All in all, I think the psychological and practical decisions I made this event were just as integral to my success as any of the moves I made. Hopefully I will be able to keep this kind of level headed mindset for all my future events.

Comments


  • 2 years ago

    DENVERHIGH

  • 3 years ago

    Zakb

    "I deduced he must have done some work there, and I did not want to find out what." That line really cracked me up; very clever and well put! Thanks for the useful article!

  • 3 years ago

    stuntmanxxx

    that was interesting .. Made me think a bout my game a bit ...

  • 3 years ago

    xtremedes

    good games
  • 3 years ago

    vslakshmi

    Lot of thanks.

  • 3 years ago

    sajjad1363

    I Just could say " thank you"

  • 3 years ago

    leonelcm

    Thanx for showing me very important things to take care in chess competition, very interesting...

  • 3 years ago

    jhb701

    Are you finding that it is 'easier' for players to prepare for you after your good showing in USCL and 2011 tourneys? What's the pressure to change openings entirely versus planning sidelines? Great to see a "chess.com" guy come back, make GM, and be successful!
  • 3 years ago

    dzindzifan

    Very interesting to get a peek into the psychological aspects of the game ... somehow I think there might be more to tell???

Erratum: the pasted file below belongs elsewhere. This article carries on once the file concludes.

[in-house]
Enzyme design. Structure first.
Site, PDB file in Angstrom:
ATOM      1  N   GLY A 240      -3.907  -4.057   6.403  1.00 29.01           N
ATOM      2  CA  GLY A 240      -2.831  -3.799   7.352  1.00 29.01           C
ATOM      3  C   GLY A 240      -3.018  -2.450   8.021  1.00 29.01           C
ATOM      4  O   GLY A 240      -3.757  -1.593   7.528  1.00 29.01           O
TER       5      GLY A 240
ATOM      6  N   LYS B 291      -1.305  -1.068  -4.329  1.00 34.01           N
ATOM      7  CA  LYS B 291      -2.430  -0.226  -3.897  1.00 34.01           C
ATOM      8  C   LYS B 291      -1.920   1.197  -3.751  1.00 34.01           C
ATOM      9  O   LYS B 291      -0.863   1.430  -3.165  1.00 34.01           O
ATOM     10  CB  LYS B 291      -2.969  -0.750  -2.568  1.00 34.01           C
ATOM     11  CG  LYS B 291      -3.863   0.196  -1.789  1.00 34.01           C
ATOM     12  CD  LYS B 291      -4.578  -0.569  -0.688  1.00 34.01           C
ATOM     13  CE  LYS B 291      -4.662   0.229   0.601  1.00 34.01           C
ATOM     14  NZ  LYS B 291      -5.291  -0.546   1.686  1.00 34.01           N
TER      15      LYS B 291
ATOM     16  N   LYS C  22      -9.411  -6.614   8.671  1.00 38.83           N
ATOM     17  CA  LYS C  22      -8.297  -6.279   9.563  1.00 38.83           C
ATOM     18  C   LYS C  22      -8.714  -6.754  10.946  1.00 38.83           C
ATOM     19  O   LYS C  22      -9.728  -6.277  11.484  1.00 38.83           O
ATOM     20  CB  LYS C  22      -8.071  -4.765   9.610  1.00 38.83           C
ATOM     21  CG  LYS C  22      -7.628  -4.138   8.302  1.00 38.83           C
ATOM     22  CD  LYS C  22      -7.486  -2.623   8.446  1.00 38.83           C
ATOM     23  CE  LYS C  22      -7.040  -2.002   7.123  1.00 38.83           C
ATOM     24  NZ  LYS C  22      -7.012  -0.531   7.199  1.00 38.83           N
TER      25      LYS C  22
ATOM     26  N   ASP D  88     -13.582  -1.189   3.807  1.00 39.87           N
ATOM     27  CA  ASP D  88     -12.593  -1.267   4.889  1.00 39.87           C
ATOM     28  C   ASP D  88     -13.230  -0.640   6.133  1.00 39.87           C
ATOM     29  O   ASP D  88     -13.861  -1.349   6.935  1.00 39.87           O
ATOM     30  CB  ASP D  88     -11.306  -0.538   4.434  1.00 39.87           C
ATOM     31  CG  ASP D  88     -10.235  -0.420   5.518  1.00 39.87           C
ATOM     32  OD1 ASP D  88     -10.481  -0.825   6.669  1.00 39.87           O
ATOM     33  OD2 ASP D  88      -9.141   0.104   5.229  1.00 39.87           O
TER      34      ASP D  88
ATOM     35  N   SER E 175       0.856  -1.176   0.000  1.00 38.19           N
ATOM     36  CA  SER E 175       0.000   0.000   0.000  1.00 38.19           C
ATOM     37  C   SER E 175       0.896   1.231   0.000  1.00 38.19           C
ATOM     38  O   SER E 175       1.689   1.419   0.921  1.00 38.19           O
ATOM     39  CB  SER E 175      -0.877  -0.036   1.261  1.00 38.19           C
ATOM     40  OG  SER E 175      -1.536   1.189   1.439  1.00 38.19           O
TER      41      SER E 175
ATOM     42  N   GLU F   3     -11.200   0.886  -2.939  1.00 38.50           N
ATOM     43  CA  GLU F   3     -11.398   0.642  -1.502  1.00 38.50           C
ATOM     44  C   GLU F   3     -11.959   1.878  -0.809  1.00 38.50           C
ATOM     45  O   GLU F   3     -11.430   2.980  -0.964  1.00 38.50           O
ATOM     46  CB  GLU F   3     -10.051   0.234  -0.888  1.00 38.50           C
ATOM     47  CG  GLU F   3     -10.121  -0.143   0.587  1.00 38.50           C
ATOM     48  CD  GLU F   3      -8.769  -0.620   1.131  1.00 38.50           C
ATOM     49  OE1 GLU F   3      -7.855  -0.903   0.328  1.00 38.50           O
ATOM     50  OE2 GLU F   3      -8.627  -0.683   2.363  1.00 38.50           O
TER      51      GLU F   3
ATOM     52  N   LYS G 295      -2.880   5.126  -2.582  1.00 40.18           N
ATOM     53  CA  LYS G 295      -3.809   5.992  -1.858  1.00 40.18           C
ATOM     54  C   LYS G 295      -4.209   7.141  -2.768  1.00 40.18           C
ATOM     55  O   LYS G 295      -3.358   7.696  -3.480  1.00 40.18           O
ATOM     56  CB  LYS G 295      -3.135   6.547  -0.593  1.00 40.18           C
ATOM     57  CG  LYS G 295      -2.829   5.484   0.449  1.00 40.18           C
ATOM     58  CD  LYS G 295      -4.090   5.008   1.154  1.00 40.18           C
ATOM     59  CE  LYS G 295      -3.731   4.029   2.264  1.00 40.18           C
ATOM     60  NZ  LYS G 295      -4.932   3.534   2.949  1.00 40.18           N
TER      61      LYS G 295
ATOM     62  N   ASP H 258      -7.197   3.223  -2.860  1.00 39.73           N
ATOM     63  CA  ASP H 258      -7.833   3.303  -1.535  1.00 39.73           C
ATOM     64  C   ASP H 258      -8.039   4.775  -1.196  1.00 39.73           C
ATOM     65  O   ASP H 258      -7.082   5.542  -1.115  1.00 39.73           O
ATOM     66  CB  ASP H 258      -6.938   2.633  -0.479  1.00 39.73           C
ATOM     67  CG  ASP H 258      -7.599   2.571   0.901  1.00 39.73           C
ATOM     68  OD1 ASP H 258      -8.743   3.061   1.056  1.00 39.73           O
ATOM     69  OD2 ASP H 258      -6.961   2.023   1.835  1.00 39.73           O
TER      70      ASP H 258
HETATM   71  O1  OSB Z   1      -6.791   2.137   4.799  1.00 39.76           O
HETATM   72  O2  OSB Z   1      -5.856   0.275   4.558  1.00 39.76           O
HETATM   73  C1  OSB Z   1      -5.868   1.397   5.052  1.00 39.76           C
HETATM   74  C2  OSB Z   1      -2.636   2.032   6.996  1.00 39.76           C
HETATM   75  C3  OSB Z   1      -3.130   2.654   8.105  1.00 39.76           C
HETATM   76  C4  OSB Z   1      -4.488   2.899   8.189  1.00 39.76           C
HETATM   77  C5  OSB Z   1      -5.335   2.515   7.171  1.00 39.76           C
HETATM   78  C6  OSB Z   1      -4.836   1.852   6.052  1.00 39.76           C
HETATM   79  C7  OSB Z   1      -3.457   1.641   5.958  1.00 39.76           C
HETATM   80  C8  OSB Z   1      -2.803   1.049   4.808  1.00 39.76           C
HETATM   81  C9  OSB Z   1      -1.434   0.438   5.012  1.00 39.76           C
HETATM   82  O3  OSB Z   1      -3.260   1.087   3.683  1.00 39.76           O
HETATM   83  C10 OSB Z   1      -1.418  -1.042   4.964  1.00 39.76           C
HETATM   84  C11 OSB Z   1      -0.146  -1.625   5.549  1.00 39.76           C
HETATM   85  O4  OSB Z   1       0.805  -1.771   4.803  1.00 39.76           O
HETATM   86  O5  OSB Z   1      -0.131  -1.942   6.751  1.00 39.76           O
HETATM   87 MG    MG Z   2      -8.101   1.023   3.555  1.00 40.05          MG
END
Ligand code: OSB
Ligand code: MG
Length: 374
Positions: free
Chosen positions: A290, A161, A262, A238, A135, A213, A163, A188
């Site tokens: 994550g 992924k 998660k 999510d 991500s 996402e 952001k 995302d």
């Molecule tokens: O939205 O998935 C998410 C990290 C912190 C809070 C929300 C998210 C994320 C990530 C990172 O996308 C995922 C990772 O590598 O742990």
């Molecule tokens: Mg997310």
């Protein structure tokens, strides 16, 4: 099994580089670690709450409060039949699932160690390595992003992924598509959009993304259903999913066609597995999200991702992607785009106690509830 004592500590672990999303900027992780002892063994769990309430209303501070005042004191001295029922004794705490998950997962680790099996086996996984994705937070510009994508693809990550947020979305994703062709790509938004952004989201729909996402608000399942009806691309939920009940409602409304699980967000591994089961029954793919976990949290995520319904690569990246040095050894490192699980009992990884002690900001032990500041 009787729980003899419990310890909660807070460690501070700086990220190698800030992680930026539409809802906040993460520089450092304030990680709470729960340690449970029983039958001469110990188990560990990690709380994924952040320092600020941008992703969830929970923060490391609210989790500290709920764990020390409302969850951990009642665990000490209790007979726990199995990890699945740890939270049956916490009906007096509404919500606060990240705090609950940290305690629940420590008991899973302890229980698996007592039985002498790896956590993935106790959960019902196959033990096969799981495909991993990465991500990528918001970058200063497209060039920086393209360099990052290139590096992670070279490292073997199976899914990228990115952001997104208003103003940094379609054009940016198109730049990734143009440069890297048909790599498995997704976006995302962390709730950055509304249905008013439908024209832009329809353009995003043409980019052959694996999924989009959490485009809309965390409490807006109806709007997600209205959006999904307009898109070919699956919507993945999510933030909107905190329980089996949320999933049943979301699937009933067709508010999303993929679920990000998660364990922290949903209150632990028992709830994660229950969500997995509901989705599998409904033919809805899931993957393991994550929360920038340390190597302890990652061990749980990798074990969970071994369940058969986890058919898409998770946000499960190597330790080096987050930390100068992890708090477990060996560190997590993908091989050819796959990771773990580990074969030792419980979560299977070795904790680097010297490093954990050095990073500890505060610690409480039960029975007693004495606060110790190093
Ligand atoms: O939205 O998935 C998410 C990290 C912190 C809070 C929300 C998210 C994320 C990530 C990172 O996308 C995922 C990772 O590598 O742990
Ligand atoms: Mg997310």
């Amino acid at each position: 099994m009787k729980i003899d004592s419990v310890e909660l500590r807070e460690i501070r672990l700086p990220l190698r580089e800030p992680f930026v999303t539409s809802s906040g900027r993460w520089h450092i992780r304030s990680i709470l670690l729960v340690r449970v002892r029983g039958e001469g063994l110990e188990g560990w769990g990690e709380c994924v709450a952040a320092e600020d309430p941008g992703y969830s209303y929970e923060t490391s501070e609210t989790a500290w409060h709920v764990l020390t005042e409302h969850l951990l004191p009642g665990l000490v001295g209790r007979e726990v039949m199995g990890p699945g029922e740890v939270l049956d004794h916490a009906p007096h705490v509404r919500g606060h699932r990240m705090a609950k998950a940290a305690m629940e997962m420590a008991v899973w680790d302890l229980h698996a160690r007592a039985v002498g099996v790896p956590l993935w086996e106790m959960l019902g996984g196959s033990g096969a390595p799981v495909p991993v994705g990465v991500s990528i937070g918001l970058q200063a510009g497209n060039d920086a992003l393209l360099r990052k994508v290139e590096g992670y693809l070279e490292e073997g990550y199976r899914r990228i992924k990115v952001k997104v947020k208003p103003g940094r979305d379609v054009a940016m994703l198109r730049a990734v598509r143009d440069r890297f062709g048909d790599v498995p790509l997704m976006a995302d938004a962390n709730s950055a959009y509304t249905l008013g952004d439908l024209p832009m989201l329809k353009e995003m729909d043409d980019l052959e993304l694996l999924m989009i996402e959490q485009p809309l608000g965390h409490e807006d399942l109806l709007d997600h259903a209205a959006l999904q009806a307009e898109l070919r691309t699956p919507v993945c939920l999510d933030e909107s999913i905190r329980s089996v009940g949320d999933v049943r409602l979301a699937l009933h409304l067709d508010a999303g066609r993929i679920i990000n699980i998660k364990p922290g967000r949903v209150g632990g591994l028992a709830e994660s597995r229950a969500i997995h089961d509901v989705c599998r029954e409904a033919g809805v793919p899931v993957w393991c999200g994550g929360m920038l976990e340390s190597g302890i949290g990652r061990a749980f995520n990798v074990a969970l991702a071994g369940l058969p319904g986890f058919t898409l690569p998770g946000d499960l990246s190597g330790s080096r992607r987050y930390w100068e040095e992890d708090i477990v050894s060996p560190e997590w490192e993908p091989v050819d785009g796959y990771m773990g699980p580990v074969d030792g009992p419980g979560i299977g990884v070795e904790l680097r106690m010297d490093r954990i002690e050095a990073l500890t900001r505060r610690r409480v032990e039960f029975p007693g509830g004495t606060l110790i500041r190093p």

• 3 years ago

    jocelasi

    Great!  The article provides readers information on how a GM thinks rationally during the game.  Keep it up!

  • 3 years ago

    g-levenfish

    Nice article!

  • 3 years ago

    elindauer

    A key position on move 1!  You're my hero.  That was awesome.

     

    I wonder how much of your (or any similarly strong player's) rating is dependent on player-specific prep.  Would walking into each round without any knowledge of your opponent cost you 50 rating points?  100?  Of course it's impossible to answer with certainty, just curious what your intuition tells you.

  • 3 years ago

    Daeru

    Thanks for the amazing article. 

  • 3 years ago

    GM Shankland

    Sorry about that- The first diagram should have been clearer. I've edited it and added a sentence that hopefully solves all problems to that effect.

  • 3 years ago

    OldChessDog

    I'm thoroughly confused. White does not appear to have Bxf6 in the first diagram.

  • 3 years ago

    smurf12

    Three rooks for three good decisions? :D

  • 3 years ago

    Lawdoginator

    I think the rook on h1 moved to e1 and should be removed from h1. 

  • 3 years ago

    jayzetar

    Is it just me or is there three white rooks on the first diagram?

  • 3 years ago

    Lawdoginator

    Thanks for explaining the hidden aspects of the game.